The leaves, if fresh are green are edible and can be cooked like spinach or added to soups.
Storing: Place radish in plastic bag in the refrigerator crisper. They will keep up to two weeks.
Black radish can be stored for months if kept dry (moisture will hasten spoilage). Keep in perforated bags in refrigerator crisper.
How to Prepare Radish
Scrub the radish and trim off the stem end and root tip.
Most of the enzymes responsible for pungency are found in the skin so you may want to lightly peel the skin with a paring knife or vegetable peeler.
Red globes and white icicles are usually not peeled. The red globe skin is used as a garnish or to add colour to salads or dishes.
Daikons have a very thin skin that can be removed if you prefer. Use a vegetable peeler.
Black radishes tend to have a thicker skin and should be scrubbed thoroughly. If the skin is thin you can leave it on for it’s striking black colour and white flesh, if not it should be peeled.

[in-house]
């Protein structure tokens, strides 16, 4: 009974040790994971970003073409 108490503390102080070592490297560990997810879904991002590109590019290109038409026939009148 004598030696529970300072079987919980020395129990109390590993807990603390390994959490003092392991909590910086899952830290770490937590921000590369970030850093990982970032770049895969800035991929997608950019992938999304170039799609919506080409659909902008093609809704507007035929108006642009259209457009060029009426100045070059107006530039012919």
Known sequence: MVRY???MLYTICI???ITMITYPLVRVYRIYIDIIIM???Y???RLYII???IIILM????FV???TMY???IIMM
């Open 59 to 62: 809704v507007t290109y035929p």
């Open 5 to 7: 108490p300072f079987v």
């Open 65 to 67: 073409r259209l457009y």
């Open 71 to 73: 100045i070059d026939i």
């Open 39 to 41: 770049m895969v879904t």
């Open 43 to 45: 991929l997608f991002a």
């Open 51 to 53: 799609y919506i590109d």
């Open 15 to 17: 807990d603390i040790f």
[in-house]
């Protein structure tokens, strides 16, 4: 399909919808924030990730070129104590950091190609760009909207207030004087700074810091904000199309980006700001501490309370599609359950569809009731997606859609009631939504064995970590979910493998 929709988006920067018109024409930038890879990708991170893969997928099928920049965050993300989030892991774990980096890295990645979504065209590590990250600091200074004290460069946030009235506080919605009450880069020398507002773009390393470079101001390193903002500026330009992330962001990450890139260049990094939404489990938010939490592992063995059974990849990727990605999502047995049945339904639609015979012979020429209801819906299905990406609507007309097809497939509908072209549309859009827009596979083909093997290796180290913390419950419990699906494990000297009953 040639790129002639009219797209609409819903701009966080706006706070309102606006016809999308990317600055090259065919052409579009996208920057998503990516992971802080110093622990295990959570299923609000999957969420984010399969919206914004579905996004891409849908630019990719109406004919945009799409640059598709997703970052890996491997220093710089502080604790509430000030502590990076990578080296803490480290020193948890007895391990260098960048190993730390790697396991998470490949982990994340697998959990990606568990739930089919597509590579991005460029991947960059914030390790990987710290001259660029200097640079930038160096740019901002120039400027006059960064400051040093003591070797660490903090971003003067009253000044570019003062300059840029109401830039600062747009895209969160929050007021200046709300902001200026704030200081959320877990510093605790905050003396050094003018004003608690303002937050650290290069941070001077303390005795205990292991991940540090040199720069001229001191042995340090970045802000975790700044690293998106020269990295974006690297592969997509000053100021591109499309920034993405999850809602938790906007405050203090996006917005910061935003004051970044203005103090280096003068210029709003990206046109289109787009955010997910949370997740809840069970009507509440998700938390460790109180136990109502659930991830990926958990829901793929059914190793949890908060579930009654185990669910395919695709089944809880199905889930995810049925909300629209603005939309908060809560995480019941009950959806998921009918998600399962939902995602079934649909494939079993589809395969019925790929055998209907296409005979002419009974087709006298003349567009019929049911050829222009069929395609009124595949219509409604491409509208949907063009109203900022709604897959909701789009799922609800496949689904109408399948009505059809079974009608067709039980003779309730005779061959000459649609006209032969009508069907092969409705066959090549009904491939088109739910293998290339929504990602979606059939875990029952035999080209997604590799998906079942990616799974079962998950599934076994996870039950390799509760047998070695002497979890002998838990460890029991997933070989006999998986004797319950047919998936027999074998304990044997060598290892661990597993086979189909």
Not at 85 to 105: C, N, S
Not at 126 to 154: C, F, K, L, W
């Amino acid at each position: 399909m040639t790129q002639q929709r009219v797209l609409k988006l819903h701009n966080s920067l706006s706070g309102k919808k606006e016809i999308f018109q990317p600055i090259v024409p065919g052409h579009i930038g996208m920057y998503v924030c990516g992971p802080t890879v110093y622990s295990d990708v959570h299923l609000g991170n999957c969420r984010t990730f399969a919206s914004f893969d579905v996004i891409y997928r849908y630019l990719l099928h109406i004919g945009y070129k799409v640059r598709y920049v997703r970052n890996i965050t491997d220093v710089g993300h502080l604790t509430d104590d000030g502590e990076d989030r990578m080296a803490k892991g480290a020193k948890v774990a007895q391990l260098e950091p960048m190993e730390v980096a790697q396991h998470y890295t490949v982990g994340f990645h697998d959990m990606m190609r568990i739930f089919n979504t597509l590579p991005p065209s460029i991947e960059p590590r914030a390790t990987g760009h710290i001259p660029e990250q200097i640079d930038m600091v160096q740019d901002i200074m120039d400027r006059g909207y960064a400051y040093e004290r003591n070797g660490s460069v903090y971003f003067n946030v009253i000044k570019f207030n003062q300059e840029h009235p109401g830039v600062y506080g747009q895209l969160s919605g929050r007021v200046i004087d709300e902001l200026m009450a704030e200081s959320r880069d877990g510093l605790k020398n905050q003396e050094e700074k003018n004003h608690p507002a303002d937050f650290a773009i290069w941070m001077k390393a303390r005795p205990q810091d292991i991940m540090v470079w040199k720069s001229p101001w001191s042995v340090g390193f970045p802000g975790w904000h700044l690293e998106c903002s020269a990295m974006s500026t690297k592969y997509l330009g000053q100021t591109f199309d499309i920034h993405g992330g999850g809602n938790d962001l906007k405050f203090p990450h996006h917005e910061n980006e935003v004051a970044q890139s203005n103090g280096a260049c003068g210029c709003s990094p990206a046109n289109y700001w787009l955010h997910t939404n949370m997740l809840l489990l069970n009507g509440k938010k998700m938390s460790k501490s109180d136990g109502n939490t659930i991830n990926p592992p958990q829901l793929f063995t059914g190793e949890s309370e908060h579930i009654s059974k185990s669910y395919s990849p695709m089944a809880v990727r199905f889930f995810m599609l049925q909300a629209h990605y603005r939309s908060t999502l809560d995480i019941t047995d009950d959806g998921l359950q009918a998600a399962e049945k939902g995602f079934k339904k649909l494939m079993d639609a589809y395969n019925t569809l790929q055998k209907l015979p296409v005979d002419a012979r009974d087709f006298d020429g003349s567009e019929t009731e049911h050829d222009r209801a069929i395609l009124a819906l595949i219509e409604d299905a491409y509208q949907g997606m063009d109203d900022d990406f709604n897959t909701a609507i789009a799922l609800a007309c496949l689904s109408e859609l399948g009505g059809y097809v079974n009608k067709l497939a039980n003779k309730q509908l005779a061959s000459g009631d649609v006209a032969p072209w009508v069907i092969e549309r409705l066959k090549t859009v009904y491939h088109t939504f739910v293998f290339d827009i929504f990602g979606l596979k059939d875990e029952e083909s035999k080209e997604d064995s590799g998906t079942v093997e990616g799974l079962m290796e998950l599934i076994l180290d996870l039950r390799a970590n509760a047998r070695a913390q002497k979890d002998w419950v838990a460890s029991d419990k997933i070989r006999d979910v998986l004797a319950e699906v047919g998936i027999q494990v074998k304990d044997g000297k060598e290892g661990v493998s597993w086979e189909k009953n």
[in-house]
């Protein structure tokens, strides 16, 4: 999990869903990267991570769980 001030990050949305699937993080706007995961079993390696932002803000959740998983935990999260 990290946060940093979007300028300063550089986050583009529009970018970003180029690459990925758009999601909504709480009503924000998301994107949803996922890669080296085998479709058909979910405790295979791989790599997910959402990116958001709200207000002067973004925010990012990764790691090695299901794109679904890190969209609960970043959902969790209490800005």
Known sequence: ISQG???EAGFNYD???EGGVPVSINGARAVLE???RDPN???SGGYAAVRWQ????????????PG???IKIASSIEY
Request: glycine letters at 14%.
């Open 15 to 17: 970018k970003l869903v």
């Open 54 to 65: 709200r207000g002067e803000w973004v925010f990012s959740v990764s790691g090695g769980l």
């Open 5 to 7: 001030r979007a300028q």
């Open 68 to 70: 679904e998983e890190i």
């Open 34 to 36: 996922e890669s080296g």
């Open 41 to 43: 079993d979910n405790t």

Red and white radishes are sold all the year round, but are plentiful in spring.
In the USA the largest growers are California and Florida (encyclo)
Black radishes have a longer shelf life and are at their peak in winter and early spring.
Daikons are most flavourful in fall and winter.
Point to Note
“Bunched radishes are very popular because turgid, dark green leaves are perceived by consumers to be an indicator of freshness; but bunched radishes are very perishable due to leaf yellowing and shrivelling that renders the product unattractive, limiting its marketability
(Hassell 2004). It is likely that attached leaves exacerbate water loss from radish roots by
increasing the surface area for transpiration and drawing water out of the roots.” (Journal of food quality)